Port Royal and Hopper COs Discuss Incident in Strait of Hormuz


Story Number: NNS080115-11Release Date: 1/15/2008 4:36:00 PM
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From Commander, U.S. Naval Forces Central Command/5th Fleet Public Affairs





MANAMA, Bahrain (NNS) -- Capt. David Adler, commanding officer of USS Port Royal (CG 73), and Capt. Jeffery James, commanding officer of USS Hopper (DDG 70), met with Middle Eastern and U.S. national media at Commander, U.S. Naval Forces Central Command/5th Fleet headquarters Jan. 13 to discuss last week's incident in the Strait of Hormuz.

Both commanding officers expressed that the Port Royal and Hopper crews were professional and followed proper procedures when they encountered five Iranian boats maneuvering erratically around the ships.

"As we felt the threat rise, we went through our cautionary steps, such as increasing radio queries and using the ship's whistle to warn the boats," Adler said. "We are very well trained in what we're doing here, and I think that we did exactly what we were supposed to do. I was very proud of the way that the crew preformed."

James pointed out that the crews' procedural actions prevented a potentially dangerous outcome.

"We stepped through our measured procedures to let the boats know who we were and what we were doing, and that we perceived their actions as threatening," James said. "We gave them the opportunity to break off, so that we didn't have to go the ultimate, which would have been deadly force."

Adler also mentioned that the U.S. Navy's regular transit through the Strait of Hormuz is to support regional stability.

"We're here with the 19 other Coalition countries to keep the sea lanes open for international traffic," Adler said.

Port Royal and Hopper are part of a routine rotation of U.S. warships to the region, and their operations are focused on reassuring regional partners of the Coalition's commitment to help set conditions for security and stability. U.S. forces maintain a naval and air presence in the region that deters destabilizing activities while safeguarding the region's vital links to the global economy.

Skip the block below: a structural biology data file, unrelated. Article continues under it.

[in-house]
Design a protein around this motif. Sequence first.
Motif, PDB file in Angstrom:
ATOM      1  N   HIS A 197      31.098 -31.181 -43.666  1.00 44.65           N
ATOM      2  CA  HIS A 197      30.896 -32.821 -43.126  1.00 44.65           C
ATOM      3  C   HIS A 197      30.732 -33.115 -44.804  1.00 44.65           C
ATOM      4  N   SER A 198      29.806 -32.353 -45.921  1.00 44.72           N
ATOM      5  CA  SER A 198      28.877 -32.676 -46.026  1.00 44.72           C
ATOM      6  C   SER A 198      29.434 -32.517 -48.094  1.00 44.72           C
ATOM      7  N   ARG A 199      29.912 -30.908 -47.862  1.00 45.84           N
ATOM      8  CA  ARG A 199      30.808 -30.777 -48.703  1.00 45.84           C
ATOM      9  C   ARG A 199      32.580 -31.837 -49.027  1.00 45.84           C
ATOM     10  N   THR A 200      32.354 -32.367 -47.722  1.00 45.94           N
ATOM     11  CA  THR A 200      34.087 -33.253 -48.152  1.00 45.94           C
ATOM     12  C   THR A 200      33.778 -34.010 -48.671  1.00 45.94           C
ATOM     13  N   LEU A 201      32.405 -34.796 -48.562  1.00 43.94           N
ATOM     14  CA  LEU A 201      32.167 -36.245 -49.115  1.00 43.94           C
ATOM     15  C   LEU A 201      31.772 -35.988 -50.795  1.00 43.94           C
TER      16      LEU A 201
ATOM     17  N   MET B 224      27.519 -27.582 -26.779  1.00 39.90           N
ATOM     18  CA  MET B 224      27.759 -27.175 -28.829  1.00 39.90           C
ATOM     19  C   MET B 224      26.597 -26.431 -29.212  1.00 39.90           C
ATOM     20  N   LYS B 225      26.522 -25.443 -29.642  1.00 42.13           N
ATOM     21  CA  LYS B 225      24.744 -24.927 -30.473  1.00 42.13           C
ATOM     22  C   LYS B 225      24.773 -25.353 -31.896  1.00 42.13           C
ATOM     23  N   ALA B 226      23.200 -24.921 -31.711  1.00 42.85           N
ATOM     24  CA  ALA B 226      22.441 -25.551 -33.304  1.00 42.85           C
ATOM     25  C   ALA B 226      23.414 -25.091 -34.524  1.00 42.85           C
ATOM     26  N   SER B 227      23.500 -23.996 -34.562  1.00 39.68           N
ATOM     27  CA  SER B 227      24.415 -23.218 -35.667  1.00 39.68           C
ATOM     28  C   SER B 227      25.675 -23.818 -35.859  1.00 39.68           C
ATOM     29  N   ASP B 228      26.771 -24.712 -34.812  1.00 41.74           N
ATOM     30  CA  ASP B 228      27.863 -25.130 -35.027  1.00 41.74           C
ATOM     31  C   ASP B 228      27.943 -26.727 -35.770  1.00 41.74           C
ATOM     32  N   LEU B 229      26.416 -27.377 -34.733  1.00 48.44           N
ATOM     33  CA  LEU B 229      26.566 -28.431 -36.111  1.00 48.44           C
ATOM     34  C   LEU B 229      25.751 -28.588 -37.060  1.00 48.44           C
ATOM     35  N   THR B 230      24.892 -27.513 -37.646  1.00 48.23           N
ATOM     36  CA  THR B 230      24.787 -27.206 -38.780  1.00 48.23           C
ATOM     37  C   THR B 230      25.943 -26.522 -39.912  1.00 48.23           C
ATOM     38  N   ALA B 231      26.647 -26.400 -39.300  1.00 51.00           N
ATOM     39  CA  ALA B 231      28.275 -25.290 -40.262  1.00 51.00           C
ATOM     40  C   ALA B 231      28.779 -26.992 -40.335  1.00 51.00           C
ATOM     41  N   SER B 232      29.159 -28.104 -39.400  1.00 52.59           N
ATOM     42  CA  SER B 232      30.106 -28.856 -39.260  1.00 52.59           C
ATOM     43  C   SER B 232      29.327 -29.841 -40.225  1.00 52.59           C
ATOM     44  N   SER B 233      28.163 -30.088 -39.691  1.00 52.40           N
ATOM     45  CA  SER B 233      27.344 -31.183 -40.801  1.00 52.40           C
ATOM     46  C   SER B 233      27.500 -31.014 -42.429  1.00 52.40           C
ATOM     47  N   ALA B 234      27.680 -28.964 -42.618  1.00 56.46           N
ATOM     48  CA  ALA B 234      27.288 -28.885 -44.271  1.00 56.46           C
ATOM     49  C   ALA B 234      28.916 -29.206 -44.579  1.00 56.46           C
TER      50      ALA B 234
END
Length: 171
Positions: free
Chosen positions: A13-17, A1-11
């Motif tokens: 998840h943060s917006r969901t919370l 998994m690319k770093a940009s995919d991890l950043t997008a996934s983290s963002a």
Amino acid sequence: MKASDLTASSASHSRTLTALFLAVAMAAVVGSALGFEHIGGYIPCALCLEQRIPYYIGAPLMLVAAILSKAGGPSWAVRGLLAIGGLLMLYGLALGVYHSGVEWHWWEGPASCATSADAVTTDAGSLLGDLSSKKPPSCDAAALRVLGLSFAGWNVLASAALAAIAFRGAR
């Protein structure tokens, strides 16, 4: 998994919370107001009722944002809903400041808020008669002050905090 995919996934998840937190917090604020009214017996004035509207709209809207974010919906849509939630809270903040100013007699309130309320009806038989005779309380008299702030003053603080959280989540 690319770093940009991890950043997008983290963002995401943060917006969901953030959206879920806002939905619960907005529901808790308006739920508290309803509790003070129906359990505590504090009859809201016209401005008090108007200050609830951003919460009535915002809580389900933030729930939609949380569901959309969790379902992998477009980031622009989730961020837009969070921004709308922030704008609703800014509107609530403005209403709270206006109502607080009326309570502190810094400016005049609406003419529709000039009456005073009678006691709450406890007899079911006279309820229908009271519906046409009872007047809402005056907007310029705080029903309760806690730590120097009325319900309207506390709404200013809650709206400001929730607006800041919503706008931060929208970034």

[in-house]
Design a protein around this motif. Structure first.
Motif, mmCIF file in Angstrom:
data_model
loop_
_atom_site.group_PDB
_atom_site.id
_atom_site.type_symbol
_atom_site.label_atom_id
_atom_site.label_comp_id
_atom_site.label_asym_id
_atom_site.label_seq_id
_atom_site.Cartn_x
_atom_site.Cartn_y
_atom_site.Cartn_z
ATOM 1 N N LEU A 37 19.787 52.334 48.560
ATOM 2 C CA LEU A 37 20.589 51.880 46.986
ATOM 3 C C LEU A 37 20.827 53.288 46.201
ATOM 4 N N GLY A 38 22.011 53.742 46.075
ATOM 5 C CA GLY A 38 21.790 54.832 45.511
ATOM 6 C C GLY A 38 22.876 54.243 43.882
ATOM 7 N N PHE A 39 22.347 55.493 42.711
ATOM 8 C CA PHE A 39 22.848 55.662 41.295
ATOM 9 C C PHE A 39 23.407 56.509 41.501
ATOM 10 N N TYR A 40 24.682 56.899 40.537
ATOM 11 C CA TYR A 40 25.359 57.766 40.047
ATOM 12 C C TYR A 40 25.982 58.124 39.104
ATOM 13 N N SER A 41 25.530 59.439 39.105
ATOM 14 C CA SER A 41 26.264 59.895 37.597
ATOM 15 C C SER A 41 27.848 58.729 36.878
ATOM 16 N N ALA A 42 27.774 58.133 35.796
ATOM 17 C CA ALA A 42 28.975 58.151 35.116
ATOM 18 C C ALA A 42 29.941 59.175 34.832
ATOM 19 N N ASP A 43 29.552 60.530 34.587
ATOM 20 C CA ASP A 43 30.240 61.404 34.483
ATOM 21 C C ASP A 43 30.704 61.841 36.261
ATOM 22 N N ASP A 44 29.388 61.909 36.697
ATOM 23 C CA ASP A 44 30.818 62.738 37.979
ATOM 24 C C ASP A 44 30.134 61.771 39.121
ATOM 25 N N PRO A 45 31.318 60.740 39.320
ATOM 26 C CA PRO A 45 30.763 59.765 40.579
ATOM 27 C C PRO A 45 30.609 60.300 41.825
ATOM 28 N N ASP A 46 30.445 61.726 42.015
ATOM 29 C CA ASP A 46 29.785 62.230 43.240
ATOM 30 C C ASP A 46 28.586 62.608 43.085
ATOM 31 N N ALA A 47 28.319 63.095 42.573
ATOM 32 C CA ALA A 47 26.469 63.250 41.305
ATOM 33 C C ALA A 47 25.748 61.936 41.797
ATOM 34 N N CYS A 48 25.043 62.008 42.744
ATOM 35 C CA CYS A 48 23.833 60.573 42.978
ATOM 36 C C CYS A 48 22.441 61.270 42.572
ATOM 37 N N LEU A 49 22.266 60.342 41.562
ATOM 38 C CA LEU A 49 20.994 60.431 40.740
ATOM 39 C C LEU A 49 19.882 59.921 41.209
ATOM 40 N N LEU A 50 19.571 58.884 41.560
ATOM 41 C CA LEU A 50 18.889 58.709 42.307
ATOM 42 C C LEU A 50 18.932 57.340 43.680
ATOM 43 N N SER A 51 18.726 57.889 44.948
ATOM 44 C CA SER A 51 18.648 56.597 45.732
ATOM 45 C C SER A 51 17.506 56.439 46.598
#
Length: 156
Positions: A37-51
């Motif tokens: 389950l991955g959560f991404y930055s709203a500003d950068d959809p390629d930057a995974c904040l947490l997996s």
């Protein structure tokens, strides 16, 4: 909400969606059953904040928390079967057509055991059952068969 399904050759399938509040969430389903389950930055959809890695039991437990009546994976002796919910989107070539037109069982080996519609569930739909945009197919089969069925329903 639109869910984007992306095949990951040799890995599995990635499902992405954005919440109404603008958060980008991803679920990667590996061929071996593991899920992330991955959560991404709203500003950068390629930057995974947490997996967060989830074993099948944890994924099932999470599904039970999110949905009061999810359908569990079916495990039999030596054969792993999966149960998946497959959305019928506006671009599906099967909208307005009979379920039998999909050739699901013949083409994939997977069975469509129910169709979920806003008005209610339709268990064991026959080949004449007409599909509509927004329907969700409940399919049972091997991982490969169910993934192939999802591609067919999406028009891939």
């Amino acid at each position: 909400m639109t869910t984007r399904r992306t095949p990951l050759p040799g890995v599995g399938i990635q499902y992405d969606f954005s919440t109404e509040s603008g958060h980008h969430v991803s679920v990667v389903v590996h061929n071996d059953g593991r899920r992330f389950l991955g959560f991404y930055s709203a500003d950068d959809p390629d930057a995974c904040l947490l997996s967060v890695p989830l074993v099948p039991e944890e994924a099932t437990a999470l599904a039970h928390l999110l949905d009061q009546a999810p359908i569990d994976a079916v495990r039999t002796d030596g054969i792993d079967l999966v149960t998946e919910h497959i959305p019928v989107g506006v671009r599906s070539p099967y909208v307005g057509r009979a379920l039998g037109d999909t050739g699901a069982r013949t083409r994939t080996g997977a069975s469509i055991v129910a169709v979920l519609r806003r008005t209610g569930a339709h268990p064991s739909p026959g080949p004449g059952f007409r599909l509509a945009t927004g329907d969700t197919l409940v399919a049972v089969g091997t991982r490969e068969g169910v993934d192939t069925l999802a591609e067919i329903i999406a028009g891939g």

Port Royal and Hopper are well-positioned to respond to any potential emergent situations. Their inherent capabilities will be used to train with regional partners and enhance existing cooperative relationships with an aim to support regional country's struggle against violent extremists. The ships also bring state-of-the-art command and control elements that are well suited to provide humanitarian and disaster relief support if required.

For more news from Commander, U.S. Naval Forces Central Command/5th Fleet, visit www.navy.mil/local/cusnc/.

 
RELATED PHOTOS
Small craft suspected to be from the Islamic Republic of Iran Revolutionary Guard Navy (IRGCN), maneuver aggressively in close proximity of U.S. Navy ships.
080106-N-0000X-008 PERSIAN GULF (Jan. 6, 2008) Small craft suspected to be from the Islamic Republic of Iran Revolutionary Guard Navy (IRGCN), maneuver aggressively in close proximity of the U.S. Navy Aegis-class cruiser USS Port Royal (CG 73), Aegis-class destroyer USS Hopper (DDG 70) and frigate USS Ingraham (FFG 61). All three ships were steaming in formation and had just completed a routine Strait of Hormuz transit. Coalition vessels, including U.S. Navy ships, routinely operate in the vicinity of both Islamic Republic of Iran Navy and IRGCN vessels and aircraft, without incident. U.S. Navy photo
January 8, 2008
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